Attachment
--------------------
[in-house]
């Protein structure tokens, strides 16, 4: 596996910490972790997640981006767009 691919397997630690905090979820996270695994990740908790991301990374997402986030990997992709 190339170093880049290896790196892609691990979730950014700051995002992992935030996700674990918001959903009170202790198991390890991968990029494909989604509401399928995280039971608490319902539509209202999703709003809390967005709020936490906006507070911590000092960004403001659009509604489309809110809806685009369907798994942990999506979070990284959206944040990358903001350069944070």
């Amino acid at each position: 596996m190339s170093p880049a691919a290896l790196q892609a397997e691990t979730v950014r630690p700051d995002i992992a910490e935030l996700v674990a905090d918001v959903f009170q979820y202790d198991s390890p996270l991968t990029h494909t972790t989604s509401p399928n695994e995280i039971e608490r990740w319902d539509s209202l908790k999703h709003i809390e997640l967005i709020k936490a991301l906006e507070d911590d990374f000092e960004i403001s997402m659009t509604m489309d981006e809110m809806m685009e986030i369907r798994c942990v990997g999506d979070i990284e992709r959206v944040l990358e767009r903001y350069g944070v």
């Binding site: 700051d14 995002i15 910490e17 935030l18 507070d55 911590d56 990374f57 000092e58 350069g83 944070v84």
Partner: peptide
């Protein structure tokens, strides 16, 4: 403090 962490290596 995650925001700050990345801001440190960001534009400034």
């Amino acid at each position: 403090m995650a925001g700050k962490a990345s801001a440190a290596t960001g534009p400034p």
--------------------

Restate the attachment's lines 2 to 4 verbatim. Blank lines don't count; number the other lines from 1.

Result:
């Protein structure tokens, strides 16, 4: 596996910490972790997640981006767009 691919397997630690905090979820996270695994990740908790991301990374997402986030990997992709 190339170093880049290896790196892609691990979730950014700051995002992992935030996700674990918001959903009170202790198991390890991968990029494909989604509401399928995280039971608490319902539509209202999703709003809390967005709020936490906006507070911590000092960004403001659009509604489309809110809806685009369907798994942990999506979070990284959206944040990358903001350069944070």
């Amino acid at each position: 596996m190339s170093p880049a691919a290896l790196q892609a397997e691990t979730v950014r630690p700051d995002i992992a910490e935030l996700v674990a905090d918001v959903f009170q979820y202790d198991s390890p996270l991968t990029h494909t972790t989604s509401p399928n695994e995280i039971e608490r990740w319902d539509s209202l908790k999703h709003i809390e997640l967005i709020k936490a991301l906006e507070d911590d990374f000092e960004i403001s997402m659009t509604m489309d981006e809110m809806m685009e986030i369907r798994c942990v990997g999506d979070i990284e992709r959206v944040l990358e767009r903001y350069g944070v």
């Binding site: 700051d14 995002i15 910490e17 935030l18 507070d55 911590d56 990374f57 000092e58 350069g83 944070v84």